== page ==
By Kylie MacLellan and Elizabeth Piper
LONDON (Reuters) -British Prime Minister Boris Johnson reshuffled his senior ministers on Wednesday, appointing his party's first female foreign secretary, as he urged his government to get on with the job of tackling economic inequality after COVID-19.
Ending regional inequality is key to the agenda set in 2019 when Johnson won the biggest Conservative Party parliamentary majority since Margaret Thatcher. But the issue has been eclipsed by COVID-19 and headlines about ministerial gaffes.
The replacement of Dominic Raab with former trade minister Liz Truss at the Foreign Office underlined the rationale behind the reshuffle - move those whose blunders have buffeted the government and promote those who have avoided crises.
"The Cabinet I have appointed today will work tirelessly to unite and level up the whole country. We will build back better from the pandemic and deliver on your priorities," Johnson said on Twitter.
"Now let’s get on with the job."
Finance minister Rishi Sunak remains in his post, as does Brexit minister David Frost.
Truss, a favourite in the Conservative Party, moves to the Foreign Office from the trade department where she completed a number of trade deals since Britain left the European Union. She is the second woman to serve as foreign secretary, following Margaret Beckett, who held the post from 2006-2007 in a Labour government.
Anne-Marie Trevelyan moves to trade after being climate minister.
Truss' predecessor, Raab, has faced calls to resign since he went on holiday in Crete as the Taliban advanced on the Afghan capital, Kabul. He was demoted to the Justice Ministry.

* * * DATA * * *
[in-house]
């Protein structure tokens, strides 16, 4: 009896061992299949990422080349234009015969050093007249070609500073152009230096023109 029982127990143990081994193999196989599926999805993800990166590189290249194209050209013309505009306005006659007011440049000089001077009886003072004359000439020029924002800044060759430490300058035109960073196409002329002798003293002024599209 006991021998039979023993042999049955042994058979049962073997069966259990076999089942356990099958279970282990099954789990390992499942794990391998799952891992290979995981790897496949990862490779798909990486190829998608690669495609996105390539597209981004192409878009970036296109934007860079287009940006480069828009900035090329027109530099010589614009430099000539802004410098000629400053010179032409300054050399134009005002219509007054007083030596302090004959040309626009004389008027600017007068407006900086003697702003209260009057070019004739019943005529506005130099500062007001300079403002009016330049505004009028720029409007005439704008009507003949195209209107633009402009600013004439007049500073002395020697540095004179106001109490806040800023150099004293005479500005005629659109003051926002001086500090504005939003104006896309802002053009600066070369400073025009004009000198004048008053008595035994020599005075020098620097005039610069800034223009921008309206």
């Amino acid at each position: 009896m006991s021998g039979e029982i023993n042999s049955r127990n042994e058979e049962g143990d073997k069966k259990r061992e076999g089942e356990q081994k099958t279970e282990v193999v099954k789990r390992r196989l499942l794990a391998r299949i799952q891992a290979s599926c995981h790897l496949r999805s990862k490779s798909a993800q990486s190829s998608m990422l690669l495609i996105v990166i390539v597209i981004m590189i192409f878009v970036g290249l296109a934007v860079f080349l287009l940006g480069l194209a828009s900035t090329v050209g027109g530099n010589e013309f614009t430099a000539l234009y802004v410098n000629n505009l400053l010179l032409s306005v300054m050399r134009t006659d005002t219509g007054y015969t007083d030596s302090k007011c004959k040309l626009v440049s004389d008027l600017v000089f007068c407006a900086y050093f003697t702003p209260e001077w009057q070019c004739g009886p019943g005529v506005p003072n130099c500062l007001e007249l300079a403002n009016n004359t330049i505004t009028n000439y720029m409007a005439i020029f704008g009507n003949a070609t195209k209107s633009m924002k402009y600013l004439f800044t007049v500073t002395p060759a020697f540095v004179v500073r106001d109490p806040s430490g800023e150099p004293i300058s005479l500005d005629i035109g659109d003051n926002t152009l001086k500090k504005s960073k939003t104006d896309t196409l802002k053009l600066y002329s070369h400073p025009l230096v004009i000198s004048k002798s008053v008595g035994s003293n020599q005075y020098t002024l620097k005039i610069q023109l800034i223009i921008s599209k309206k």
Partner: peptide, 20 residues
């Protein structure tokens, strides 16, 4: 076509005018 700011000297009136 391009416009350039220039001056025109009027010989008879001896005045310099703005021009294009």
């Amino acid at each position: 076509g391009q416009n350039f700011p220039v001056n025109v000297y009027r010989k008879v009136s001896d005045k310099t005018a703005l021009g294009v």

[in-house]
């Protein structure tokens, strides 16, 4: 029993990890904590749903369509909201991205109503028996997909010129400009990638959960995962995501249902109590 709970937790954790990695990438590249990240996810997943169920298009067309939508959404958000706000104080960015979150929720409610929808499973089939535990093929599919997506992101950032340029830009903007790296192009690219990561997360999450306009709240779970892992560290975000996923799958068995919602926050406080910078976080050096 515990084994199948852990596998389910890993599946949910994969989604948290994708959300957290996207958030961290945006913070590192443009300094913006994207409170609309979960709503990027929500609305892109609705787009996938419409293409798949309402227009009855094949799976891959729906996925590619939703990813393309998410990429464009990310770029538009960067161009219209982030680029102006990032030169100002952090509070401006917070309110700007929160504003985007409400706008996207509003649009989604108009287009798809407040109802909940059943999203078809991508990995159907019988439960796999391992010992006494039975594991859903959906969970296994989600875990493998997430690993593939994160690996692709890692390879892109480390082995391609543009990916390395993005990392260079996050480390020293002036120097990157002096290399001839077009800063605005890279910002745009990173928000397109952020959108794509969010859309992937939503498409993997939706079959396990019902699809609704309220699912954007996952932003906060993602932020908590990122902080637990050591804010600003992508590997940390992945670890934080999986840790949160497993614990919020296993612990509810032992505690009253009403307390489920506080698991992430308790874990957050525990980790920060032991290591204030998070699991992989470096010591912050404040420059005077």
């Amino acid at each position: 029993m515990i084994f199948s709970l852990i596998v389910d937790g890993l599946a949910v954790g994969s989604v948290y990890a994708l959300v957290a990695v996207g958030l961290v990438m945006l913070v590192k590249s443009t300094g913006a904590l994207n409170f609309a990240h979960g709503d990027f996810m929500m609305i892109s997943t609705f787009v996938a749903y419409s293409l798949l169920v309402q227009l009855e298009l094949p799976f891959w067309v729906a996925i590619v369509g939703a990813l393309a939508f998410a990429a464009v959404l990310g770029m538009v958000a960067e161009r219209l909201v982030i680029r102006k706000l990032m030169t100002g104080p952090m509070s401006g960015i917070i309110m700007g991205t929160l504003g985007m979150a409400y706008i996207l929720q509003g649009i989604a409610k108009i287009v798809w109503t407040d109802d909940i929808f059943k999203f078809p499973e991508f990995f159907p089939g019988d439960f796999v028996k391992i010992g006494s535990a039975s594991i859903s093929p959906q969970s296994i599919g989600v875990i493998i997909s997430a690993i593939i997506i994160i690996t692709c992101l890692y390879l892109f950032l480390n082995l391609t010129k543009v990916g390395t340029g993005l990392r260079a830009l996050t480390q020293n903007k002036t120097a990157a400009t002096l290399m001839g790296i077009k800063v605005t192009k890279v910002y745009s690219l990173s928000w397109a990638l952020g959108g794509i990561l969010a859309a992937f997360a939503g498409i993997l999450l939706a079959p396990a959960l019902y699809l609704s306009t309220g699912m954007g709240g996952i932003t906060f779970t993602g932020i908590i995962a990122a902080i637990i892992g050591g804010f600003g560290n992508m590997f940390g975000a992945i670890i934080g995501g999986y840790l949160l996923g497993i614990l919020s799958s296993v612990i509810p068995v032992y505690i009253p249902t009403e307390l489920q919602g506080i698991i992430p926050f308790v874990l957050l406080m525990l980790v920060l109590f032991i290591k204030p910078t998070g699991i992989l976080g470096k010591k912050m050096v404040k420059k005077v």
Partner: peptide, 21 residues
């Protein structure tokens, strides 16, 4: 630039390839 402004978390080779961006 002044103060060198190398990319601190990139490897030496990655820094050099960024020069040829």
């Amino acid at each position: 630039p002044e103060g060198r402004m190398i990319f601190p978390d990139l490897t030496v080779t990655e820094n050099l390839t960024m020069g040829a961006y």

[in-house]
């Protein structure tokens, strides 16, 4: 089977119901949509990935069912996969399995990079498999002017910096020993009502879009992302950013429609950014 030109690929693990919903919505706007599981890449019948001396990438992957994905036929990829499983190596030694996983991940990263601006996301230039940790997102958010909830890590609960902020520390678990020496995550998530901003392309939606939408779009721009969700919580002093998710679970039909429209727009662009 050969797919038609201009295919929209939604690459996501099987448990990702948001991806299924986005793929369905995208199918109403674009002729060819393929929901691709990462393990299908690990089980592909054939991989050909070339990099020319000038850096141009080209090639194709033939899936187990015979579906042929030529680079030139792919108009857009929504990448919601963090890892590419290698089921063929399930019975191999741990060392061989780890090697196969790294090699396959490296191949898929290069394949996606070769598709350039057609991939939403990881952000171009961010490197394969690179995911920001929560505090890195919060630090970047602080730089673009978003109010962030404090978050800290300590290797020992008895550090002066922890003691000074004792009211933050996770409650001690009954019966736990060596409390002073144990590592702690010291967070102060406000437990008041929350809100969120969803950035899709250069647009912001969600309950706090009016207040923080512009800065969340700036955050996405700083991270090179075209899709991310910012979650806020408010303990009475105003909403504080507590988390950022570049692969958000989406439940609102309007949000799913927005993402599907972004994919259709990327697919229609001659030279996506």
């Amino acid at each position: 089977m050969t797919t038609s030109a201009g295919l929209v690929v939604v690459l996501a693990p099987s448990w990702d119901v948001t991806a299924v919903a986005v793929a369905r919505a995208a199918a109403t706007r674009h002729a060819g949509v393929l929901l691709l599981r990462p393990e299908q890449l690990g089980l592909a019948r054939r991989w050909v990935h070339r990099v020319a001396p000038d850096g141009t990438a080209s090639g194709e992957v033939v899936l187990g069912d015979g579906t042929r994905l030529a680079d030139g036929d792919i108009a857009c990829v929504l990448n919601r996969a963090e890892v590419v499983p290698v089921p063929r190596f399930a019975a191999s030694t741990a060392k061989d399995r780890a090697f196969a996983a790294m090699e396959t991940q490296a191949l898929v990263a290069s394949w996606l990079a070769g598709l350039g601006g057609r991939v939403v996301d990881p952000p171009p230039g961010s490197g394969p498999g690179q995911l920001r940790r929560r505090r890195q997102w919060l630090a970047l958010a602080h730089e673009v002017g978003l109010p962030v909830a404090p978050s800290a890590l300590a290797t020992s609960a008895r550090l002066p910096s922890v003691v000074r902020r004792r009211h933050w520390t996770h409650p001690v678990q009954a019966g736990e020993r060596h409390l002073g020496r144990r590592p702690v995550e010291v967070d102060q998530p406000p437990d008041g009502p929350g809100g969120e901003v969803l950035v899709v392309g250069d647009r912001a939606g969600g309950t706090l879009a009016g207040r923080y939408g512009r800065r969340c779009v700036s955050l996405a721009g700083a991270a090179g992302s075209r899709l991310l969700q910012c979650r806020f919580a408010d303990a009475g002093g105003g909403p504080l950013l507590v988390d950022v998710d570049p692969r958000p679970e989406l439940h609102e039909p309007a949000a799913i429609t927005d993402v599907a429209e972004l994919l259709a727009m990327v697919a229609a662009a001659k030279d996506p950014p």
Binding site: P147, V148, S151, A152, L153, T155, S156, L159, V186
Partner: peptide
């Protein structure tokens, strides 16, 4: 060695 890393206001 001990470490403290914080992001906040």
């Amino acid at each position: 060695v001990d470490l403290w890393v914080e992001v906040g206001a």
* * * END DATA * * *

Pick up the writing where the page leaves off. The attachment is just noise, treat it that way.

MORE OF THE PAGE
To soften the blow, Raab was also appointed deputy prime minister, a role he played in all but name when he stepped in to lead the government when Johnson was fighting for his life in hospital with COVID-19 last year.
Michael Gove, seen as a key player in the Johnson government, was moved to housing from his position in the Cabinet Office, a department at the centre of government that drives the implementation of policy. He was replaced by Stephen Barclay, a former Brexit minister.
Raab's and Gove's moves followed the sackings of three others: Gavin Williamson as education minister, Robert Buckland as justice minister and Robert Jenrick as housing minister.
Buckland had not committed any gaffes or been criticised over his decision-making, but was moved to make way for Raab.
Williamson's downfall had been widely expected after he was criticised for his handling of school closures and exams during the COVID-19 pandemic and for confusing two Black campaigning sportsmen.
Jenrick had been under fire over his role in a 1 billion-pound development proposed by a Conservative Party donor.
Some in Johnson's party had suggested the much-rumoured threat of a reshuffle helped ensure that his plans for a tax rise to tackle a crisis in health and social care got party backing after it was widely criticised for hurting the lowest earners the most.
The party has since slipped in opinion polls and one of those replaced on Wednesday was its chair, with former culture minister Oliver Dowden taking over the post.
Critics accused Johnson of seeking to overshadow the opposition Labour Party's planned vote in parliament on the government's decision to scrap extra support for low-income families.
But some Conservative lawmakers said it had been simply long overdue. One lawmaker, speaking on condition of anonymity, described the Cabinet as a boat that was "appallingly encrusted with barnacles".
(Reporting by Kylie MacLellan and Elizabeth Piper; Additional reporting by Kate Holton and William James; Editing by Nick Macfie, Philippa Fletcher and Peter Cooney)